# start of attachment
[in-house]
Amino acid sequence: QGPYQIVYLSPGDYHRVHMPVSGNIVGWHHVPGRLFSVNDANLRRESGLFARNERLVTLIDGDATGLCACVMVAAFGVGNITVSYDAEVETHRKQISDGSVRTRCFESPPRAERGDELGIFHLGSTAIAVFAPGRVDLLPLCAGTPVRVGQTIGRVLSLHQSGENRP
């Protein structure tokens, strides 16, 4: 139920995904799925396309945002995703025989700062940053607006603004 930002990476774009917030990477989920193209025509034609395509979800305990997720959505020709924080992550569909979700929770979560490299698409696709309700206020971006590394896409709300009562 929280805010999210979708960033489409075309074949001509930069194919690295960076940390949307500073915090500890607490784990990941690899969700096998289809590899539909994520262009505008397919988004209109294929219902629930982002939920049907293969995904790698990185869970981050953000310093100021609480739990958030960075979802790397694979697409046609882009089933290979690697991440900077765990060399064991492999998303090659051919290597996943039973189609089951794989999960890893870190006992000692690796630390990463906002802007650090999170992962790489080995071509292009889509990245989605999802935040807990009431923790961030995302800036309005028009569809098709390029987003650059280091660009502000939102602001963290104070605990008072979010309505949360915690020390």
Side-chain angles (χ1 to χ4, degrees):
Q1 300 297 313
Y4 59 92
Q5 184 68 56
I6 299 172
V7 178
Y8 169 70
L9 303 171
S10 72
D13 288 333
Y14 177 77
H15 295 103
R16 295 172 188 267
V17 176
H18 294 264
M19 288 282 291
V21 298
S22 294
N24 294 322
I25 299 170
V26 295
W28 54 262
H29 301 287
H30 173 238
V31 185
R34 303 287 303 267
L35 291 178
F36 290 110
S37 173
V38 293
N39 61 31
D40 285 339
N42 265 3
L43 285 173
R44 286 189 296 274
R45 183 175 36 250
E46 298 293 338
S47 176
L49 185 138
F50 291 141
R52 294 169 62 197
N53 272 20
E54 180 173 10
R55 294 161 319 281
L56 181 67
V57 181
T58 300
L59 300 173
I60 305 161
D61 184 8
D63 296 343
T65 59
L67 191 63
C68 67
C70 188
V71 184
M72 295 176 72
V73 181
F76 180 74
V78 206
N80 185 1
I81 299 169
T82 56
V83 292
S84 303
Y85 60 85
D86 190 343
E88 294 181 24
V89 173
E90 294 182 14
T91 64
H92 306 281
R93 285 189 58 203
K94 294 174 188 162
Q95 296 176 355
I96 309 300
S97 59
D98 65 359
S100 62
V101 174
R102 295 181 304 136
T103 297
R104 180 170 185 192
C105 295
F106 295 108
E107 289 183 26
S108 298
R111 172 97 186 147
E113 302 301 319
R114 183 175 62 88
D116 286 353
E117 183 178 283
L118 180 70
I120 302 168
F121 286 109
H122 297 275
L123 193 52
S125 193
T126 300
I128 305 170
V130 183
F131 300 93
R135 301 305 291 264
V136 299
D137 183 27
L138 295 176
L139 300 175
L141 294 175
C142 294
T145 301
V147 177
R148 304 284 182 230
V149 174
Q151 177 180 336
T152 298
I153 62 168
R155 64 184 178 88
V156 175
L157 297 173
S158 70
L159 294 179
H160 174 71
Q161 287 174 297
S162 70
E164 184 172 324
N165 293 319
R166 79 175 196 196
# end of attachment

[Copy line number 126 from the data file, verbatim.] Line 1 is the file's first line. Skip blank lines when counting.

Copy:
Q161 287 174 297